Stand-Out Strengths

Speed is definitely MockFlow’s strongest feature. The snappy web-based interface is complemented with an Adobe Air desktop app that is even faster—syncing changes to your online account. Overall the point-and-click UI is very responsive with little delay and the combination of other functions, such as a quick search for components and a simple, fast WYSIWYG editor, lets you build pages as fast as you can physically work with no barriers in the way.

A large set of components also saves designers from having to create increasingly common page elements from scratch. Components such as tabbed-containers, alert boxes, maps, charts, and date-pickers are all available by default. More user-generated components can also be imported into your UI from the MockFlow Store, including complete kits for Facebook or Android apps.

Other features that illustrate MockFlow’s emphasis on the visuals are the review and export functions. Public links are available for clients to see, and the entire wireframe can zoom and scale within a window—an especially helpful feature when presenting over a web meeting. Per-page exporting is also available and supports formats including PDF, HTML5, PowerPoint, and Excel, as well as exportable sitemaps in traditional tree-style format.

Notable Weaknesses

The biggest feature set missing from MockFlow is interactive components. Despite the wide range of elements available, there are no options to simulate interactivity beyond simply hyperlinking pages together. This is where MockFlow’s dedication to the visual presentation of a wireframe works against it and forces a designer to create static variation pages that are hidden in the navigation in order to show how an element may change.

Another weakness of MockFlow is from a user management and organizational standpoint. Users (both internal and clients) are all piled in the same global list and must be added manually to each project. Roles and permissions are also applied per project, rather than per-user, which can become exponentially cumbersome as the number of clients, collaborators, and projects increases.


Speed & Accessibility (5/5)

The combination of a fast Flash-based web app, a companion desktop app, and an HTML5 mobile version make editing and viewing speedy on any platform.

Shapes, Components, & Attributes (4/5)

A wide selection of components with basic options (color, size, etc.) can get you most of the way there quickly, although fine-tuning options are limited.

Templates & Workflow (2/5)

Templates are limited to one master template per-page, requiring cutting-and-pasting between pages for additional elements that are shared (but not universal).

Interactions (1/5)

No interactivity for elements that incorporate changing states or visibility; pages are rendered relatively flat.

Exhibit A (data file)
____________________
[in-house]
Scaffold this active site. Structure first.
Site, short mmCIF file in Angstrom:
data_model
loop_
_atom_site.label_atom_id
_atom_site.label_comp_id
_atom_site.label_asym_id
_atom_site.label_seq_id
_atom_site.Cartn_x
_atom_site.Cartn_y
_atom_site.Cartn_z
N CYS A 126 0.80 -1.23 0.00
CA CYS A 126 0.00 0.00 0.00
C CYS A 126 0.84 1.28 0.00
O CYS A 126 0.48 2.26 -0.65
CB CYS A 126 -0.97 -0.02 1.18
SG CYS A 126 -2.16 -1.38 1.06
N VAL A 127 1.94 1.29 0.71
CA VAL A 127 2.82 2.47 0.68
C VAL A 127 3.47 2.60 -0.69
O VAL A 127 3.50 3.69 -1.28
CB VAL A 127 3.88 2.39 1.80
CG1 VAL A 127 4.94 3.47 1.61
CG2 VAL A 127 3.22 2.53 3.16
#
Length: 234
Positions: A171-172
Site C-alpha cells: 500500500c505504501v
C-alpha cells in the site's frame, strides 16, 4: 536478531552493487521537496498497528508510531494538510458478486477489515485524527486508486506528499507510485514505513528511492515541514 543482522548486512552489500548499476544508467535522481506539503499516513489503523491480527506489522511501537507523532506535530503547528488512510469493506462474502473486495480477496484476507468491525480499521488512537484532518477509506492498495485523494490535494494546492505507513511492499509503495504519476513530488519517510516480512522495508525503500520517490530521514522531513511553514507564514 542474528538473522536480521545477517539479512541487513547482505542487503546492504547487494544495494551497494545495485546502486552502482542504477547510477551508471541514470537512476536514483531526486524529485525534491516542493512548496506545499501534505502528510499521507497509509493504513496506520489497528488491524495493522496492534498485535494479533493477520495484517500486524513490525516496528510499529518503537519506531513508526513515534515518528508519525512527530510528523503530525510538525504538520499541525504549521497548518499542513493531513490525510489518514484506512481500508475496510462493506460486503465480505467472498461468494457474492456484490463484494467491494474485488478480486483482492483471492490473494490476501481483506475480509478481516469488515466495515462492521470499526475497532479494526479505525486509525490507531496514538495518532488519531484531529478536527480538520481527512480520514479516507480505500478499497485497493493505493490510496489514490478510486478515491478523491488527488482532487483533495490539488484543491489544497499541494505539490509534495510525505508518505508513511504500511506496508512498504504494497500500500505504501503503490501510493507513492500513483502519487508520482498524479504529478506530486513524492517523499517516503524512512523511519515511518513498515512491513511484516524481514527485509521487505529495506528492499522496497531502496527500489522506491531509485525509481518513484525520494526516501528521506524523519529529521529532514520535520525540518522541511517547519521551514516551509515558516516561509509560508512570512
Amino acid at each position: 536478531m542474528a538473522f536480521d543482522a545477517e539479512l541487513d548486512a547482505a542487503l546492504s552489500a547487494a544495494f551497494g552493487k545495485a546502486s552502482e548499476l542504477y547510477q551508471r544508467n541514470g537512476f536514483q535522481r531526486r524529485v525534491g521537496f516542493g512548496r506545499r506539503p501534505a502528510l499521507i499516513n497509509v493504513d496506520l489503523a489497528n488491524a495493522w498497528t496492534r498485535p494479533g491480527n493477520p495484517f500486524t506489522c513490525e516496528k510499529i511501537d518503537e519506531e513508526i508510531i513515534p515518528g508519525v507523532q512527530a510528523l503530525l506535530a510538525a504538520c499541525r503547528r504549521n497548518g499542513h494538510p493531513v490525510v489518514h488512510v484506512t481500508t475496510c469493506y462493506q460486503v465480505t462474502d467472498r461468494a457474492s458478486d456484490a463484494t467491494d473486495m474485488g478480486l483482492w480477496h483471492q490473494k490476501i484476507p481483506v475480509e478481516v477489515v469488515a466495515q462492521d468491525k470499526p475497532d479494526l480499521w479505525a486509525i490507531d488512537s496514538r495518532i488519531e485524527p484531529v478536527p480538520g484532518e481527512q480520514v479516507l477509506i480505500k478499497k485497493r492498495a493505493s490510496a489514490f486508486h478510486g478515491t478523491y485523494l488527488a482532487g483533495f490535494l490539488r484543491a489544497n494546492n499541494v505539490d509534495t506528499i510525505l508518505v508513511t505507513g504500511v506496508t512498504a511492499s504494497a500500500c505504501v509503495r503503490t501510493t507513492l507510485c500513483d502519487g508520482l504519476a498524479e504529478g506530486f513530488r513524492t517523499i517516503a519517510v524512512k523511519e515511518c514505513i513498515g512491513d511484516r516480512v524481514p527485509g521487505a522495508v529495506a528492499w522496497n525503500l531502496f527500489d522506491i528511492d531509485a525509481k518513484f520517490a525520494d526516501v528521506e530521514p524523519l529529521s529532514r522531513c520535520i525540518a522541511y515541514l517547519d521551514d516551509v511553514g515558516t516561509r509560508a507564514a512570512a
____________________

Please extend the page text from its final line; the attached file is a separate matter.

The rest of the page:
Reviewing & Sharing (4/5)

Multiple formats as well as different types of output (project-wide, per-page, sitemap tree, page comparison) as well as public review links; though non-threaded commenting can make complex discussions confusing.

In the Pink Trunks: HotGloo

HotGloo is another Flash-based product that seems to straddle the line between complex, technical wireframes and purely visual layouts with additional emphasis on responsive interactivity that adapts to different users.

Stand-Out Strengths

HotGloo’s most notable features revolve around elements that respond to user interactions. Sets of components can be grouped together and each group’s visibility can be triggered by the type of user viewing the page, clicks, hovers, or other variables. Entire sets of variations can be reflected across multiple elements on a single page (logged in versus not logged in, for instance) for wireframes that more accurately represent real functionality.

HotGloo also offers a very lightweight yet powerful template system that allows you to build full-page layouts to be used across a site or small, singluar elements (like an ad, for instance) that can be placed on various pages in different locations, but edited from one central spot. These template components can also be double-clicked and edited on the canvas (similar to symbols in Flash or clipped elements in Illustrator) keeping you in-context.

Contextual palette menus in HotGloo also allow for an excellent amount of control over an element’s appearance without the need to resort to writing CSS. Common attributes include CSS3-supported effects such as rounded corners and strokes as well as gradients.

Notable Weaknesses

The biggest drawback to HotGloo its use of Flash, making reviewing wireframes through a browser on an iOS device impossible (for most clients, anyway). Although PDF exporting is still an option, you lose all the interactive components that make HotGloo great, especially when designing for the iPad or iPhone.

Another complaint about HotGloo is that annotations are never consolidated in a comprehensive, easy-to-review format in-context with the wireframe. Notation pins, similar to Protoshare, capture per-feature comments but are only found in an overall chronological list of activity, or on the wireframe itself. This forces you to either read notes in reverse order from the activity feed (while not looking at the wireframe), or to find and click every note icon throughout the site, which can result in a very frustrated developer.